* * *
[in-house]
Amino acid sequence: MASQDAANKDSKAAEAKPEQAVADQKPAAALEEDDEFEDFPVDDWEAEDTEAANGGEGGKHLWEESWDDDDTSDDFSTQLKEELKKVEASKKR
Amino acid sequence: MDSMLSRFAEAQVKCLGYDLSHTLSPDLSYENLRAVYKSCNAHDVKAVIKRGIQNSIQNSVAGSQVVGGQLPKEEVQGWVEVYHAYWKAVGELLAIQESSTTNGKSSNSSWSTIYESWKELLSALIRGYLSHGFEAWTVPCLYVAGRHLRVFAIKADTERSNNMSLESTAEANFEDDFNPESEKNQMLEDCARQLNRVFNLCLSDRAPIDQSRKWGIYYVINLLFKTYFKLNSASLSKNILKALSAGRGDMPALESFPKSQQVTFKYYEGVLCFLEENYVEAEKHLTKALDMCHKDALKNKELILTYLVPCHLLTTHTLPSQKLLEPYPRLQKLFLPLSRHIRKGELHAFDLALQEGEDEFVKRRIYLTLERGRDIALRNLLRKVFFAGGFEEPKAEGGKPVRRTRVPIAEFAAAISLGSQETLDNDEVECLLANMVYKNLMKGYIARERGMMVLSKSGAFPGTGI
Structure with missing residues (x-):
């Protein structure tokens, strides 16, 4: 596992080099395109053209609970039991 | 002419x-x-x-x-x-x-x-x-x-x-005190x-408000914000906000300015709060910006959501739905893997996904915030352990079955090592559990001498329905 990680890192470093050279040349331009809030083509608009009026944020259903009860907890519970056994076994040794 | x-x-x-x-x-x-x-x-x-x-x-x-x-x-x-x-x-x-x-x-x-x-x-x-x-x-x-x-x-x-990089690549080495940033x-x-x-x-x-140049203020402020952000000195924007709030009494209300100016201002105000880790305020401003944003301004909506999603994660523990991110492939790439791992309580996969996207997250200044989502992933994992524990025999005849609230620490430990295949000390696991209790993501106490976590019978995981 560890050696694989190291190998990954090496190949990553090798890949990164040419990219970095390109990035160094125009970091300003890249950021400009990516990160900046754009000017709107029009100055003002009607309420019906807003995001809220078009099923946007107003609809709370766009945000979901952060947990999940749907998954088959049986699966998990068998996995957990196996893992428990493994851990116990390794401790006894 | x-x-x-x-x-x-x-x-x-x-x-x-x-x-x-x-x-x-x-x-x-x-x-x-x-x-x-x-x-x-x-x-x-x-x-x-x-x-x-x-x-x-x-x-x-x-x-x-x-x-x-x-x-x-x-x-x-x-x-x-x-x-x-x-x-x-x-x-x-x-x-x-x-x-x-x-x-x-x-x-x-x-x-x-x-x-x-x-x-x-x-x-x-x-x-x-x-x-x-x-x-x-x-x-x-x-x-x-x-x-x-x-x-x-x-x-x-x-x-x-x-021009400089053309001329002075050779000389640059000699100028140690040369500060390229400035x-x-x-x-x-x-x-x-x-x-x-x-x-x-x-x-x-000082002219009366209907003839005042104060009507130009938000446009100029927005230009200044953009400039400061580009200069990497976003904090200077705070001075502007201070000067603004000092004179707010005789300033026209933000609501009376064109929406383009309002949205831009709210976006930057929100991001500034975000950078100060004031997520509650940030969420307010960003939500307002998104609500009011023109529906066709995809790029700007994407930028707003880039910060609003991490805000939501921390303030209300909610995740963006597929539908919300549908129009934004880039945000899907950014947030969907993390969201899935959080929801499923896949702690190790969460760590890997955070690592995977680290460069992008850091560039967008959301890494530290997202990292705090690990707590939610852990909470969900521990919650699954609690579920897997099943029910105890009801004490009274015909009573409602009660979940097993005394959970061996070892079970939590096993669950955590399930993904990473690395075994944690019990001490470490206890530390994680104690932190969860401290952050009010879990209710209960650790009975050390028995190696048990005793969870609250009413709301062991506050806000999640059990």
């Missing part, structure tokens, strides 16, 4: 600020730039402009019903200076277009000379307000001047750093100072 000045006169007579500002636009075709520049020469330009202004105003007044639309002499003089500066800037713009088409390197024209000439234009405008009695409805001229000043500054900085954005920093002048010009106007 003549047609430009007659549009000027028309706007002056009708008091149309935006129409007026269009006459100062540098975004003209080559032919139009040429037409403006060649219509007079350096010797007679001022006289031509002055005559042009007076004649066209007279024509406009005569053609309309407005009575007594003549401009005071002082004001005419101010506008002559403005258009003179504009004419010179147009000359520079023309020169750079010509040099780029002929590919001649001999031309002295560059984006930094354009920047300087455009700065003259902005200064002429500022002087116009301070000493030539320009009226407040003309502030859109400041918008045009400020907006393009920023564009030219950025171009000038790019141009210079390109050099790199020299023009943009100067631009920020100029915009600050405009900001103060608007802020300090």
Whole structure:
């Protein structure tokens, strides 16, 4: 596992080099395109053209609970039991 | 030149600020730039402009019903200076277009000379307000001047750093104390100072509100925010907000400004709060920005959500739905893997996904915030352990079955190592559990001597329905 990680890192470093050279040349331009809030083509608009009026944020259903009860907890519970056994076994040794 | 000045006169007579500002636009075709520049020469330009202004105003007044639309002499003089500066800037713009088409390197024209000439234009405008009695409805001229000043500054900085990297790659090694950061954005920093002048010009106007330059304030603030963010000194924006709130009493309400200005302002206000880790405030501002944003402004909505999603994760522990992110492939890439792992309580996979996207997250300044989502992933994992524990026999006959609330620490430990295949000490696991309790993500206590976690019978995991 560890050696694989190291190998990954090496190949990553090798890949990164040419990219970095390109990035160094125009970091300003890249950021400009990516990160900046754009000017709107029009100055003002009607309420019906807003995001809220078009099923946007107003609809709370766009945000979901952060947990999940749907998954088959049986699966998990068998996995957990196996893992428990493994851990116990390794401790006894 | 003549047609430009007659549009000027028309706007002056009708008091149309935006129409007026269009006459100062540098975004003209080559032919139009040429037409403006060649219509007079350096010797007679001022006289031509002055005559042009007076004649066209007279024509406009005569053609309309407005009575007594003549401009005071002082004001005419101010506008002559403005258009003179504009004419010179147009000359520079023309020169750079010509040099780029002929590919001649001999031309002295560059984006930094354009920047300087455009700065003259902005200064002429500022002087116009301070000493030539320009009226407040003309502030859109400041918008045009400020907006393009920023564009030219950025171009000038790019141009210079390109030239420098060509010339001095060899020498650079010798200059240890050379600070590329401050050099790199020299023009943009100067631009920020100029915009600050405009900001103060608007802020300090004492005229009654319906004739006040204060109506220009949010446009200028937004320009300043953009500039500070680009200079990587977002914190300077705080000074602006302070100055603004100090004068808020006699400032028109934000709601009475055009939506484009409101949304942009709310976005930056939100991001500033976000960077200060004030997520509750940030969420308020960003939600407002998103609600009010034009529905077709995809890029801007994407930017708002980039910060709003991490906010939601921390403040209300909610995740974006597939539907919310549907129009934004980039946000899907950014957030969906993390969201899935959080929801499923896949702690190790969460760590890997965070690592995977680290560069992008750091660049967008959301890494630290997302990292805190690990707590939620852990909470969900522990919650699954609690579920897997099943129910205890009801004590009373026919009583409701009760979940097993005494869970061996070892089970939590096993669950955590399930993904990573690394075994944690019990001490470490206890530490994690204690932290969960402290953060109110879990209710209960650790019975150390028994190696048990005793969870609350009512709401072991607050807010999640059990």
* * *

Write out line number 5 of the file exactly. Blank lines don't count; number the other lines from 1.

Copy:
């Protein structure tokens, strides 16, 4: 596992080099395109053209609970039991 | 002419x-x-x-x-x-x-x-x-x-x-005190x-408000914000906000300015709060910006959501739905893997996904915030352990079955090592559990001498329905 990680890192470093050279040349331009809030083509608009009026944020259903009860907890519970056994076994040794 | x-x-x-x-x-x-x-x-x-x-x-x-x-x-x-x-x-x-x-x-x-x-x-x-x-x-x-x-x-x-990089690549080495940033x-x-x-x-x-140049203020402020952000000195924007709030009494209300100016201002105000880790305020401003944003301004909506999603994660523990991110492939790439791992309580996969996207997250200044989502992933994992524990025999005849609230620490430990295949000390696991209790993501106490976590019978995981 560890050696694989190291190998990954090496190949990553090798890949990164040419990219970095390109990035160094125009970091300003890249950021400009990516990160900046754009000017709107029009100055003002009607309420019906807003995001809220078009099923946007107003609809709370766009945000979901952060947990999940749907998954088959049986699966998990068998996995957990196996893992428990493994851990116990390794401790006894 | x-x-x-x-x-x-x-x-x-x-x-x-x-x-x-x-x-x-x-x-x-x-x-x-x-x-x-x-x-x-x-x-x-x-x-x-x-x-x-x-x-x-x-x-x-x-x-x-x-x-x-x-x-x-x-x-x-x-x-x-x-x-x-x-x-x-x-x-x-x-x-x-x-x-x-x-x-x-x-x-x-x-x-x-x-x-x-x-x-x-x-x-x-x-x-x-x-x-x-x-x-x-x-x-x-x-x-x-x-x-x-x-x-x-x-x-x-x-x-x-x-021009400089053309001329002075050779000389640059000699100028140690040369500060390229400035x-x-x-x-x-x-x-x-x-x-x-x-x-x-x-x-x-000082002219009366209907003839005042104060009507130009938000446009100029927005230009200044953009400039400061580009200069990497976003904090200077705070001075502007201070000067603004000092004179707010005789300033026209933000609501009376064109929406383009309002949205831009709210976006930057929100991001500034975000950078100060004031997520509650940030969420307010960003939500307002998104609500009011023109529906066709995809790029700007994407930028707003880039910060609003991490805000939501921390303030209300909610995740963006597929539908919300549908129009934004880039945000899907950014947030969907993390969201899935959080929801499923896949702690190790969460760590890997955070690592995977680290460069992008850091560039967008959301890494530290997202990292705090690990707590939610852990909470969900521990919650699954609690579920897997099943029910105890009801004490009274015909009573409602009660979940097993005394959970061996070892079970939590096993669950955590399930993904990473690395075994944690019990001490470490206890530390994680104690932190969860401290952050009010879990209710209960650790009975050390028995190696048990005793969870609250009413709301062991506050806000999640059990």